Stage is set for Marathi theatre

Aug 03, 2012, 08:35 IST | Surekha S

Pratibimb, the Marathi theatre festival in its third year, brings six plays by talented directors and actors to audiences with the intent to focus on the vast talent pool and diversity of this stream

With topics ranging from the changing face of media and life in a metropolis to the relevance of Jyotiba Phule’s message, Marathi theatre festival, Pratibimb, organised by NCPA, looks at varied facets of life and society through six powerful plays. Now in its third year, it will span five days, highlighting the depth of Marathi theatre.

Manaswini Lata Ravindra, who was part of the first Pratibimb edition, is excited to be part of the festival once again. She feels this is a great initiative for them to showcase their work. “In Mumbai, there are very few dedicated venues for Marathi theatre, especially for experimental theatre.

A still from the play Shivaji Underground In Bhimnagar Mohalla

We need space to showcase our work to a larger audience. The first year saw a great response, for every play. I hope it is good this time as well,” says Ravindra. Her play, Lakh Lakh Chanderi, is about the changing face of media, and its impact on human relations. It focuses on a struggling actress who has bitter experiences in the film world after which she dissuades her son to enter it, resulting in a strained relationship.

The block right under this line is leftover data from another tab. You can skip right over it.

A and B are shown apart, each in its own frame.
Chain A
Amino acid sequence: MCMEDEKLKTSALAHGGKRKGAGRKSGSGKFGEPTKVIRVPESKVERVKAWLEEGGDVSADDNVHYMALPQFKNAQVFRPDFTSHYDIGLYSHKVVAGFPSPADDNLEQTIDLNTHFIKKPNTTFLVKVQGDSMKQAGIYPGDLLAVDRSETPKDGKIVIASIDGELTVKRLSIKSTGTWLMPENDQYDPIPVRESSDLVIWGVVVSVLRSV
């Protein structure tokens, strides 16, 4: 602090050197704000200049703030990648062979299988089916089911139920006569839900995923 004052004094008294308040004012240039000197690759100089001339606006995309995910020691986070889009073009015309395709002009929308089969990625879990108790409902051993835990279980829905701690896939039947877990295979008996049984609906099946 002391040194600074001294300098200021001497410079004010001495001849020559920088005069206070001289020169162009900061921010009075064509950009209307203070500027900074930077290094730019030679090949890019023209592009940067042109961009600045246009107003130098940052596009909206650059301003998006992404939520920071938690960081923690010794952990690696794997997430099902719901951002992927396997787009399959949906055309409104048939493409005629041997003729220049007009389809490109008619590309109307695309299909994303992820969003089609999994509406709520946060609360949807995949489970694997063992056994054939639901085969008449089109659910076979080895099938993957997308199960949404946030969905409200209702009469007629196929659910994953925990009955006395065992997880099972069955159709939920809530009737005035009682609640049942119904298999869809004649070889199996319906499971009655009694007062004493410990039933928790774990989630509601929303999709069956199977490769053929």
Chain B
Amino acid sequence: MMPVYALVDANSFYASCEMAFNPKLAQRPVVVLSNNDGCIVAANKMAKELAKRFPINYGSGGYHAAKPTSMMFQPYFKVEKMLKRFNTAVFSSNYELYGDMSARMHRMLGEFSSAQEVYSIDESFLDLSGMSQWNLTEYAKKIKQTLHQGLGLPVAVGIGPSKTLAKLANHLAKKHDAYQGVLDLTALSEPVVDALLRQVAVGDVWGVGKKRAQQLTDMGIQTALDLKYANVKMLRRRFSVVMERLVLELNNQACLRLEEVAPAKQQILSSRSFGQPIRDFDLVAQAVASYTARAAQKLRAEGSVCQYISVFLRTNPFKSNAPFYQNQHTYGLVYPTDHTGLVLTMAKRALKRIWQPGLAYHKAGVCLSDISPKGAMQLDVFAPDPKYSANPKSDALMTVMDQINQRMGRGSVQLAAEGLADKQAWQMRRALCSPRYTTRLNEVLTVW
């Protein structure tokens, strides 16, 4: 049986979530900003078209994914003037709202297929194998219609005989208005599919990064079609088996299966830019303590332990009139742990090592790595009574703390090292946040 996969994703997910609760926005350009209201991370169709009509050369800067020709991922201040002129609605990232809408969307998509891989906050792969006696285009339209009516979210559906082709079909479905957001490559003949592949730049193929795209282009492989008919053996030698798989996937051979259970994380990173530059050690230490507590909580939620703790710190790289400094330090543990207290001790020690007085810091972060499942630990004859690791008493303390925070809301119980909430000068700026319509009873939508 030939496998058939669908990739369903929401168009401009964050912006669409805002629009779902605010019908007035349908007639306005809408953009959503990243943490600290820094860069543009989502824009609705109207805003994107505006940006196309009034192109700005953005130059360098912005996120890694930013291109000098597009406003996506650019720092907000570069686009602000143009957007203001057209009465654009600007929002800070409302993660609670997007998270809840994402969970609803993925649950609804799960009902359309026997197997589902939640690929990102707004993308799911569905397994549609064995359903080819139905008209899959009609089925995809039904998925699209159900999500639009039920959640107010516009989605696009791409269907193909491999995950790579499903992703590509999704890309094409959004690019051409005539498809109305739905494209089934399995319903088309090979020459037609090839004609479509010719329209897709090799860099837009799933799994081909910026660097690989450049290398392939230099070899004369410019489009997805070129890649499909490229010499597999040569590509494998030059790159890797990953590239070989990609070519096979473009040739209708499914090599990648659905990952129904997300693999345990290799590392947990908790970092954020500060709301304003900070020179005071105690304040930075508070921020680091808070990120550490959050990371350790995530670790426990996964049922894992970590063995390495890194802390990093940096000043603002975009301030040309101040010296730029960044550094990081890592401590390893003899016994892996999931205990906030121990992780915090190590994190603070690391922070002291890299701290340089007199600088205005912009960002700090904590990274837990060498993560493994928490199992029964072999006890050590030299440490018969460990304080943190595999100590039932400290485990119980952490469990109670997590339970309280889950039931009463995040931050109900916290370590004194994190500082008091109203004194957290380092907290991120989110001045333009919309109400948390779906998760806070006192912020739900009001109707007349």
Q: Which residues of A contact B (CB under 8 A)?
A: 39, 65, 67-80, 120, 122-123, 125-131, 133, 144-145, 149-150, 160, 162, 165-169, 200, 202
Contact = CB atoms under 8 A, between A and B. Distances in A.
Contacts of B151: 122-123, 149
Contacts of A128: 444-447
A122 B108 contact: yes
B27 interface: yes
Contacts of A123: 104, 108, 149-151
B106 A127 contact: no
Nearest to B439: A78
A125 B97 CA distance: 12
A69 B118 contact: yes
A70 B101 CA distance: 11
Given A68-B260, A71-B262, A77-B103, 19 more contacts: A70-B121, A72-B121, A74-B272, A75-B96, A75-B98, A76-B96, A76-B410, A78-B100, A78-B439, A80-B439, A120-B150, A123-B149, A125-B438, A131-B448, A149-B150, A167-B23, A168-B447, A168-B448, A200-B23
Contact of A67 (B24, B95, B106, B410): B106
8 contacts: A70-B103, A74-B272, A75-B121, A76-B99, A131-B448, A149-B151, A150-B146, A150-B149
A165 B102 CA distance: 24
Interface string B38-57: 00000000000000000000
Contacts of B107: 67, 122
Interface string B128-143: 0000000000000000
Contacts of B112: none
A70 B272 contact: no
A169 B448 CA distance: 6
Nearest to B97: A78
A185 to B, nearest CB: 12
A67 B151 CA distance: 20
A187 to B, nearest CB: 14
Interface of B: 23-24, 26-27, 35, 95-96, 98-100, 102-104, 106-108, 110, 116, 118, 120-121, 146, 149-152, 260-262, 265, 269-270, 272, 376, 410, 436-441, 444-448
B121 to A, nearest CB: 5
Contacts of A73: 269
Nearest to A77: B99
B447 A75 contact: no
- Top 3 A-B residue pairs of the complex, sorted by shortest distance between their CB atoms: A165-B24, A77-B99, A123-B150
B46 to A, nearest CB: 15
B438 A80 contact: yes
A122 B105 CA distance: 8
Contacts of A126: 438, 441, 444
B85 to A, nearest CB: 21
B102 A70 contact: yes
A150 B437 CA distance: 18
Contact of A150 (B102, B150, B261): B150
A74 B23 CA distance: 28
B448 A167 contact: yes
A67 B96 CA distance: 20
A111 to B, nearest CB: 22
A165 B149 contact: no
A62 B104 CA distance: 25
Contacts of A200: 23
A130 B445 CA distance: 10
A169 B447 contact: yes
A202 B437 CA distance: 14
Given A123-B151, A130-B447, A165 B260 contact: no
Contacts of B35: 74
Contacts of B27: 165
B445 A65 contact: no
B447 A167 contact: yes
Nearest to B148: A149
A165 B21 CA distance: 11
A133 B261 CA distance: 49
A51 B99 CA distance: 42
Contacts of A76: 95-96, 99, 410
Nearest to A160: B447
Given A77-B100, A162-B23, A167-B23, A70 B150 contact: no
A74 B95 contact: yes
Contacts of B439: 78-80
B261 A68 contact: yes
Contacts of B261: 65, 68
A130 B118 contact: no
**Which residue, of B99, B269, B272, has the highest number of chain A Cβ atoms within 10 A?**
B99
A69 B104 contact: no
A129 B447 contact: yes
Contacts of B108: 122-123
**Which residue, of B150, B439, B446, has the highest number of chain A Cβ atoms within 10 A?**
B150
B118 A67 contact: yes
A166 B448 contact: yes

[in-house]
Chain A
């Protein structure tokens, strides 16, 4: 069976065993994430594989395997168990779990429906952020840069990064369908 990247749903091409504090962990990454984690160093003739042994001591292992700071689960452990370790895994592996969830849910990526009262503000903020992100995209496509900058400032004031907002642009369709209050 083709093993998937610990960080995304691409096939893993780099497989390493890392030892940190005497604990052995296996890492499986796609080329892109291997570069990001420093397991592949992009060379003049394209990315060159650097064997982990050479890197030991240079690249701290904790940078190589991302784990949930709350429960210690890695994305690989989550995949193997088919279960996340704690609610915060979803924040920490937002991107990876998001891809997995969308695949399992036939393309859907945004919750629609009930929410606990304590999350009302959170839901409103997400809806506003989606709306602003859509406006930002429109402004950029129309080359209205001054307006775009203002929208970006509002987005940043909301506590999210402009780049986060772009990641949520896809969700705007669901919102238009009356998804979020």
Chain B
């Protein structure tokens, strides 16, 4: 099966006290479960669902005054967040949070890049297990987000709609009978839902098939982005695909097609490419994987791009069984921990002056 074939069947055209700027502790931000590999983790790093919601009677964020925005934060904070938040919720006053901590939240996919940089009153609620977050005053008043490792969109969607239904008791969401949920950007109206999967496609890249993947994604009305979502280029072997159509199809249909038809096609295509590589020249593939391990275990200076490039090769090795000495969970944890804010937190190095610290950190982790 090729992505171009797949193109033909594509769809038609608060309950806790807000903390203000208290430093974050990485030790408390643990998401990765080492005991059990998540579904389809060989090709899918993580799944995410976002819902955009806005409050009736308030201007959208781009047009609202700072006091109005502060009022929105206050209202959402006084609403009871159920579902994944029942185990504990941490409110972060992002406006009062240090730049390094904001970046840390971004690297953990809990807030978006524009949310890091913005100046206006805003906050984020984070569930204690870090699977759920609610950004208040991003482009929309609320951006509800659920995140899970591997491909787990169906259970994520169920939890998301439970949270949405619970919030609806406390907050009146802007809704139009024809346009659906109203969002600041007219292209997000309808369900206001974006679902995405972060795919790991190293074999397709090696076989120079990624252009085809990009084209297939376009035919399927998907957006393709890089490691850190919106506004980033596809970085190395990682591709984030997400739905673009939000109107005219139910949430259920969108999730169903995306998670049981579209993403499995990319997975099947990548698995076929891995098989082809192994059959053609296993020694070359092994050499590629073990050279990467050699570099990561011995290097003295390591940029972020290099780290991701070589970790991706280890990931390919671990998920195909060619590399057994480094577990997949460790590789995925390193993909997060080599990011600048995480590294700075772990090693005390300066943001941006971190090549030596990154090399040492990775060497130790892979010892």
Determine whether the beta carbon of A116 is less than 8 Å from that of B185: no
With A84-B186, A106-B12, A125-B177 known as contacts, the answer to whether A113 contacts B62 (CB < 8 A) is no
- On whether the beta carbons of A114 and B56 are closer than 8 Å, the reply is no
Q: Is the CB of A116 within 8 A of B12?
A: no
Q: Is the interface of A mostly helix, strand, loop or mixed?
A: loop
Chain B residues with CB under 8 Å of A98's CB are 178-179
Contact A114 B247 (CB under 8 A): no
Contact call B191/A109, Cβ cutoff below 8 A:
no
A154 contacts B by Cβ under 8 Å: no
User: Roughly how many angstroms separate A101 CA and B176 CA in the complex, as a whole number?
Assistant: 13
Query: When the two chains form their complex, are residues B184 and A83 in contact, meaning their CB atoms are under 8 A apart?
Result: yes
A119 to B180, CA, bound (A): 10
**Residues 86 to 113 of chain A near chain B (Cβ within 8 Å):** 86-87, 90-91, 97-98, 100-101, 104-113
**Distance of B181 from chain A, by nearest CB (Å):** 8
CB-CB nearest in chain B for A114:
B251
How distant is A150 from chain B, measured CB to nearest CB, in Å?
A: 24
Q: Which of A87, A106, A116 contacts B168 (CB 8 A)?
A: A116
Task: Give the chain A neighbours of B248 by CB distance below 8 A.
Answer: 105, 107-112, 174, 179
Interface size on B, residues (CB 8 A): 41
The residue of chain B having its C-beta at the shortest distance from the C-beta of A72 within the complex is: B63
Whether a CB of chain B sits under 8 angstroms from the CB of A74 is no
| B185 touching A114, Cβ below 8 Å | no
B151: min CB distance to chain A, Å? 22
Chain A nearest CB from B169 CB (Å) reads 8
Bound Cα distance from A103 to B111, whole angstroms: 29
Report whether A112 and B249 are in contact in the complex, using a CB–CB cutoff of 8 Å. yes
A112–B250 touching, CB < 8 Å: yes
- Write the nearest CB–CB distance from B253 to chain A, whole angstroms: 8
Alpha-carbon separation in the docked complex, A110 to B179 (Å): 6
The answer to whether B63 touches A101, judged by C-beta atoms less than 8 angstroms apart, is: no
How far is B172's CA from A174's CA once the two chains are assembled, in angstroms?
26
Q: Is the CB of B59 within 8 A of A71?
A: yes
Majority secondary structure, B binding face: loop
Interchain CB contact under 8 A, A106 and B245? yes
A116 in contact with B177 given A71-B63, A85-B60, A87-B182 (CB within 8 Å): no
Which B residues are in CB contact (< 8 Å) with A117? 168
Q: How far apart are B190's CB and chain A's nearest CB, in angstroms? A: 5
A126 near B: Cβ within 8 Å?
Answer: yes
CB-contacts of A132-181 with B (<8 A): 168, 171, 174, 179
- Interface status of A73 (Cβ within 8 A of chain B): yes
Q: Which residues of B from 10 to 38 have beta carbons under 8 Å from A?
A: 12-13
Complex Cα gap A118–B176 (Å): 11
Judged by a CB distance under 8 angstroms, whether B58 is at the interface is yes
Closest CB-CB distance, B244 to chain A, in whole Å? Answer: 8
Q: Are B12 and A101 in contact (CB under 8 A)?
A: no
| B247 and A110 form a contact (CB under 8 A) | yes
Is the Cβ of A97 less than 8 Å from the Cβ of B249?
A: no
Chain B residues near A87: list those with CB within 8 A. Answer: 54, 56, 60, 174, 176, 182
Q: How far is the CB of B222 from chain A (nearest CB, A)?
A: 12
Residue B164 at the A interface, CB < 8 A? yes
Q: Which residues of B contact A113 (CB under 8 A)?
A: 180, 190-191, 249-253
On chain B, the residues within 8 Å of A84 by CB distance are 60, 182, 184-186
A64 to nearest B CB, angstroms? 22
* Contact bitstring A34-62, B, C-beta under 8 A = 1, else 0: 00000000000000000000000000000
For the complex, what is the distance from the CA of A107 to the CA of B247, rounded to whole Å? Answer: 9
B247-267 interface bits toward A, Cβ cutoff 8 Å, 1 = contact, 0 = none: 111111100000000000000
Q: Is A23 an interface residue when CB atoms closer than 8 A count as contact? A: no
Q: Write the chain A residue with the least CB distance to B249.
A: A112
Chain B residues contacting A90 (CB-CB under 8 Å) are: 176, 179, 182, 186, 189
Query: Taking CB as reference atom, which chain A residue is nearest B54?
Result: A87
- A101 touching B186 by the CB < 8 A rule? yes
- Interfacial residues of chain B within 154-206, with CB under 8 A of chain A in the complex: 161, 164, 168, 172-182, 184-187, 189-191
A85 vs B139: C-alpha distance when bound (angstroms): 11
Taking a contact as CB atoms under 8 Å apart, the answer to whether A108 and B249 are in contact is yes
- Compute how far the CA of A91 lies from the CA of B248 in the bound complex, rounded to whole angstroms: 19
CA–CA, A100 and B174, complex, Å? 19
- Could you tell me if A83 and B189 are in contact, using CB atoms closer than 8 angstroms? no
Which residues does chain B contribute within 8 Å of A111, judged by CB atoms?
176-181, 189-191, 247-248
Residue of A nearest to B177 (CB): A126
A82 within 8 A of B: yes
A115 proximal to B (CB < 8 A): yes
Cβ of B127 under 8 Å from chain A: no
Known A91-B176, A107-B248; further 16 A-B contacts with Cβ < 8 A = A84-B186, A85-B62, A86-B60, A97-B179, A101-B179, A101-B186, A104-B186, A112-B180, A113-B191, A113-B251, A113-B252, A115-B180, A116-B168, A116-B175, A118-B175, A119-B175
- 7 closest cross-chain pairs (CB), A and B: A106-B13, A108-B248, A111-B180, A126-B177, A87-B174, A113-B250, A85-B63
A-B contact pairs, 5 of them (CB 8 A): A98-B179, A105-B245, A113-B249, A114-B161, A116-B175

Pramod Kale’s group Maharashtra Cultural Centre from Pune will participate in Pratibimb for the first time. Kale will project two of his plays — Shokaparva and Apoornat Apoornam. “Shokaparva is about the two women in the Mahabharata, Draupadi and Gandhari, and the roles they played in the war. After the war, Draupadi visits Gandhari where they speak about their roles in starting the war and how it was now their responsibility to construct a new yuga (age). I have looked at these two women from a different angle,” he says.

Another interesting play is Shivaji Underground In Bhimnagar Mohalla. Here, the actors hail from a far-flung village in Maharashtra. “Today, Shivaji is associated with Hinduism only; he was a just king who favoured no caste or religion. The manner in which he has been portrayed now is contrary to who he really was. Our political systems have distorted great men’s ideals and the symbols associated with them, for political agendas. This play tries to highlight these aspects,” explains Nandu Madhav, the director of the play, adding that, “Since it has a larger reach, people learn about issues faced in different villages and towns of our country.”

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